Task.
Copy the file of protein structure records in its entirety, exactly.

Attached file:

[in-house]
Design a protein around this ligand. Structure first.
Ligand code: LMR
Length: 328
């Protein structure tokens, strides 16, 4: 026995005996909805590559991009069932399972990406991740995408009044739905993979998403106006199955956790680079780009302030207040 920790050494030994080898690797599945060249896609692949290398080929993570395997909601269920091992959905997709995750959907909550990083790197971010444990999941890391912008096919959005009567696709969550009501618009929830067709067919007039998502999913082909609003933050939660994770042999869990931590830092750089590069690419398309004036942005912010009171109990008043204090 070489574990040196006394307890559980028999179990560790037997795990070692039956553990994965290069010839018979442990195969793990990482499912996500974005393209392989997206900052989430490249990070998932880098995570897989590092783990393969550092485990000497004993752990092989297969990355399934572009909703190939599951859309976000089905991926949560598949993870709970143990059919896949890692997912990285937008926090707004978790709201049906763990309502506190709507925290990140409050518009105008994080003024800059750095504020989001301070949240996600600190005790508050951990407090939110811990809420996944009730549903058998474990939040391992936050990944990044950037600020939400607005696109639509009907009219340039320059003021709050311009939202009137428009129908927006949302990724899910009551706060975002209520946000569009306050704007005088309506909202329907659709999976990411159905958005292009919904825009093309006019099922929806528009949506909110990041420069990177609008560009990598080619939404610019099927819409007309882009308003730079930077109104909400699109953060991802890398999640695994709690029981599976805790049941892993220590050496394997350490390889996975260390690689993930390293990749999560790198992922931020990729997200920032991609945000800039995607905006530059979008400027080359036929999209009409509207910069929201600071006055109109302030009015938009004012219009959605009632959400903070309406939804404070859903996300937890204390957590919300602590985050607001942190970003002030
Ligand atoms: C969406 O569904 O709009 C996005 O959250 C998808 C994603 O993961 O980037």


[in-house]
Design a protein around this ligand. Structure first.
Ligand code: LMR
Length: 328
């Protein structure tokens, strides 16, 4: 026995005996909805590559991009069932399972990406991740995408009044739905993979998403106006199955956790680079780009302030207040 920790050494030994080898690797599945060249896609692949290398080929993570395997909601269920091992959905997709995750959907909550990083790197971010444990999941890391912008096919959005009567696709969550009501618009929830067709067919007039998502999913082909609003933050939660994770042999869990931590830092750089590069690419398309004036942005912010009171109990008043204090 070489574990040196006394307890559980028999179990560790037997795990070692039956553990994965290069010839018979442990195969793990990482499912996500974005393209392989997206900052989430490249990070998932880098995570897989590092783990393969550092485990000497004993752990092989297969990355399934572009909703190939599951859309976000089905991926949560598949993870709970143990059919896949890692997912990285937008926090707004978790709201049906763990309502506190709507925290990140409050518009105008994080003024800059750095504020989001301070949240996600600190005790508050951990407090939110811990809420996944009730549903058998474990939040391992936050990944990044950037600020939400607005696109639509009907009219340039320059003021709050311009939202009137428009129908927006949302990724899910009551706060975002209520946000569009306050704007005088309506909202329907659709999976990411159905958005292009919904825009093309006019099922929806528009949506909110990041420069990177609008560009990598080619939404610019099927819409007309882009308003730079930077109104909400699109953060991802890398999640695994709690029981599976805790049941892993220590050496394997350490390889996975260390690689993930390293990749999560790198992922931020990729997200920032991609945000800039995607905006530059979008400027080359036929999209009409509207910069929201600071006055109109302030009015938009004012219009959605009632959400903070309406939804404070859903996300937890204390957590919300602590985050607001942190970003002030
Ligand atoms: C969406 O569904 O709009 C996005 O959250 C998808 C994603 O993961 O980037």